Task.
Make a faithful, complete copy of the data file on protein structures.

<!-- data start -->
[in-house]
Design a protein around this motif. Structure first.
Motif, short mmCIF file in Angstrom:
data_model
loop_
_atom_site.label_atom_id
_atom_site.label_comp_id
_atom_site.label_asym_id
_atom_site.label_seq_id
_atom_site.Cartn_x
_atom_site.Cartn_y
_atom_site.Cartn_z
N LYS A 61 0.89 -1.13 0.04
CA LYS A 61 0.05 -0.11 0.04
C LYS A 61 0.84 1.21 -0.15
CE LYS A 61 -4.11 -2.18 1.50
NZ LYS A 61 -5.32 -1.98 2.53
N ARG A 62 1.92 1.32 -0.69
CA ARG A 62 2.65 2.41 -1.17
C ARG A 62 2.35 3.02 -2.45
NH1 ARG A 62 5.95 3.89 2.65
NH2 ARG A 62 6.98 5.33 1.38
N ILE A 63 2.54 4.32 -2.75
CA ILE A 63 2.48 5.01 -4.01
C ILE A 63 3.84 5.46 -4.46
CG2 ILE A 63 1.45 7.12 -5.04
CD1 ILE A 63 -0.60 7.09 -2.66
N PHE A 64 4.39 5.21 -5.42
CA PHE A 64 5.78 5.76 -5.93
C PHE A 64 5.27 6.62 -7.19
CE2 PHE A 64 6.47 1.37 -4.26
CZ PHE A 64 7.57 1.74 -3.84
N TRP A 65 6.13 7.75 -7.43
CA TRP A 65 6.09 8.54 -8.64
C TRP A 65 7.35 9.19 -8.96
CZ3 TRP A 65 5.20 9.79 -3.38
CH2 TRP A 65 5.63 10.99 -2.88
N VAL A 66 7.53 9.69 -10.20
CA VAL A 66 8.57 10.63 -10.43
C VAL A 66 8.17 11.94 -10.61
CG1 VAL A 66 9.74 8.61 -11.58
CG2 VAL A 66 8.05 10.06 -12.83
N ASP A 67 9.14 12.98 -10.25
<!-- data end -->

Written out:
[in-house]
Design a protein around this motif. Structure first.
Motif, short mmCIF file in Angstrom:
data_model
loop_
_atom_site.label_atom_id
_atom_site.label_comp_id
_atom_site.label_asym_id
_atom_site.label_seq_id
_atom_site.Cartn_x
_atom_site.Cartn_y
_atom_site.Cartn_z
N LYS A 61 0.89 -1.13 0.04
CA LYS A 61 0.05 -0.11 0.04
C LYS A 61 0.84 1.21 -0.15
CE LYS A 61 -4.11 -2.18 1.50
NZ LYS A 61 -5.32 -1.98 2.53
N ARG A 62 1.92 1.32 -0.69
CA ARG A 62 2.65 2.41 -1.17
C ARG A 62 2.35 3.02 -2.45
NH1 ARG A 62 5.95 3.89 2.65
NH2 ARG A 62 6.98 5.33 1.38
N ILE A 63 2.54 4.32 -2.75
CA ILE A 63 2.48 5.01 -4.01
C ILE A 63 3.84 5.46 -4.46
CG2 ILE A 63 1.45 7.12 -5.04
CD1 ILE A 63 -0.60 7.09 -2.66
N PHE A 64 4.39 5.21 -5.42
CA PHE A 64 5.78 5.76 -5.93
C PHE A 64 5.27 6.62 -7.19
CE2 PHE A 64 6.47 1.37 -4.26
CZ PHE A 64 7.57 1.74 -3.84
N TRP A 65 6.13 7.75 -7.43
CA TRP A 65 6.09 8.54 -8.64
C TRP A 65 7.35 9.19 -8.96
CZ3 TRP A 65 5.20 9.79 -3.38
CH2 TRP A 65 5.63 10.99 -2.88
N VAL A 66 7.53 9.69 -10.20
CA VAL A 66 8.57 10.63 -10.43
C VAL A 66 8.17 11.94 -10.61
CG1 VAL A 66 9.74 8.61 -11.58
CG2 VAL A 66 8.05 10.06 -12.83
N ASP A 67 9.14 12.98 -10.25